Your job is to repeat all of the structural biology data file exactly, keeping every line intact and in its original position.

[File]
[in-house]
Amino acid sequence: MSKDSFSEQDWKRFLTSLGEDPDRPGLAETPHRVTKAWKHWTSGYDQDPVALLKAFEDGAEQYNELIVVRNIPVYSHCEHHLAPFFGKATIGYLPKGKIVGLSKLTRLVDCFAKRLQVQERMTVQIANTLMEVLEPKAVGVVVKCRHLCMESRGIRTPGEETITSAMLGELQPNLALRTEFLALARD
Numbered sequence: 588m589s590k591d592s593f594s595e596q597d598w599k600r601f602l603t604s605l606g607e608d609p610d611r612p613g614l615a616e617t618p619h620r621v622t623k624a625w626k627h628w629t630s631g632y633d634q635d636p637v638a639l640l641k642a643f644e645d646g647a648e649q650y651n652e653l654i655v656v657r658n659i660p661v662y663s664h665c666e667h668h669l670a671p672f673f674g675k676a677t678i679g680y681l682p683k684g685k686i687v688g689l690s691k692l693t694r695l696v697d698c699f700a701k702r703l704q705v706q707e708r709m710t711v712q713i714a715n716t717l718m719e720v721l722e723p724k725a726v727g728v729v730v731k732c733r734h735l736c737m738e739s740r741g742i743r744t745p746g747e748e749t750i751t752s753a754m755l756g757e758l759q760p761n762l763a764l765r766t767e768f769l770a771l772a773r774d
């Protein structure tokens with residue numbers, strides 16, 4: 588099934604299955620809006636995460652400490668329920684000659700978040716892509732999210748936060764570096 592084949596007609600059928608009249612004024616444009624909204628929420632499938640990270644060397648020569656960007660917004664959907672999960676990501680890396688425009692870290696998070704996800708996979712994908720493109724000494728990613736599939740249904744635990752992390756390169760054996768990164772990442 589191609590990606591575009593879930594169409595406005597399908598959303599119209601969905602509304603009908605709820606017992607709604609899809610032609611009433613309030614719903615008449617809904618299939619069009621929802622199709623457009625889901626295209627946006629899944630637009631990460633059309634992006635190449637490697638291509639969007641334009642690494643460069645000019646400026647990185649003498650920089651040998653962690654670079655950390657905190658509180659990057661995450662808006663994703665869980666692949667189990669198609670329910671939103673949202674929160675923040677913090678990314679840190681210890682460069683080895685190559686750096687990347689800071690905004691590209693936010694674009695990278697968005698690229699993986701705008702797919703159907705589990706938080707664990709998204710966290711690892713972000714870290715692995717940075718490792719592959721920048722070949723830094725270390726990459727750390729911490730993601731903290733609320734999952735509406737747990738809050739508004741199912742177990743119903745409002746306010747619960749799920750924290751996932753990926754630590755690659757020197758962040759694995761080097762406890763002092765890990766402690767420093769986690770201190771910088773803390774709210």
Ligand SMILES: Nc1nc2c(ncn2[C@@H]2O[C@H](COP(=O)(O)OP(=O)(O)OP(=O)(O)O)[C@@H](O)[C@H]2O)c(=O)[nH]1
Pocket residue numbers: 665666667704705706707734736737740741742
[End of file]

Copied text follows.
[in-house]
Amino acid sequence: MSKDSFSEQDWKRFLTSLGEDPDRPGLAETPHRVTKAWKHWTSGYDQDPVALLKAFEDGAEQYNELIVVRNIPVYSHCEHHLAPFFGKATIGYLPKGKIVGLSKLTRLVDCFAKRLQVQERMTVQIANTLMEVLEPKAVGVVVKCRHLCMESRGIRTPGEETITSAMLGELQPNLALRTEFLALARD
Numbered sequence: 588m589s590k591d592s593f594s595e596q597d598w599k600r601f602l603t604s605l606g607e608d609p610d611r612p613g614l615a616e617t618p619h620r621v622t623k624a625w626k627h628w629t630s631g632y633d634q635d636p637v638a639l640l641k642a643f644e645d646g647a648e649q650y651n652e653l654i655v656v657r658n659i660p661v662y663s664h665c666e667h668h669l670a671p672f673f674g675k676a677t678i679g680y681l682p683k684g685k686i687v688g689l690s691k692l693t694r695l696v697d698c699f700a701k702r703l704q705v706q707e708r709m710t711v712q713i714a715n716t717l718m719e720v721l722e723p724k725a726v727g728v729v730v731k732c733r734h735l736c737m738e739s740r741g742i743r744t745p746g747e748e749t750i751t752s753a754m755l756g757e758l759q760p761n762l763a764l765r766t767e768f769l770a771l772a773r774d
């Protein structure tokens with residue numbers, strides 16, 4: 588099934604299955620809006636995460652400490668329920684000659700978040716892509732999210748936060764570096 592084949596007609600059928608009249612004024616444009624909204628929420632499938640990270644060397648020569656960007660917004664959907672999960676990501680890396688425009692870290696998070704996800708996979712994908720493109724000494728990613736599939740249904744635990752992390756390169760054996768990164772990442 589191609590990606591575009593879930594169409595406005597399908598959303599119209601969905602509304603009908605709820606017992607709604609899809610032609611009433613309030614719903615008449617809904618299939619069009621929802622199709623457009625889901626295209627946006629899944630637009631990460633059309634992006635190449637490697638291509639969007641334009642690494643460069645000019646400026647990185649003498650920089651040998653962690654670079655950390657905190658509180659990057661995450662808006663994703665869980666692949667189990669198609670329910671939103673949202674929160675923040677913090678990314679840190681210890682460069683080895685190559686750096687990347689800071690905004691590209693936010694674009695990278697968005698690229699993986701705008702797919703159907705589990706938080707664990709998204710966290711690892713972000714870290715692995717940075718490792719592959721920048722070949723830094725270390726990459727750390729911490730993601731903290733609320734999952735509406737747990738809050739508004741199912742177990743119903745409002746306010747619960749799920750924290751996932753990926754630590755690659757020197758962040759694995761080097762406890763002092765890990766402690767420093769986690770201190771910088773803390774709210």
Ligand SMILES: Nc1nc2c(ncn2[C@@H]2O[C@H](COP(=O)(O)OP(=O)(O)OP(=O)(O)O)[C@@H](O)[C@H]2O)c(=O)[nH]1
Pocket residue numbers: 665666667704705706707734736737740741742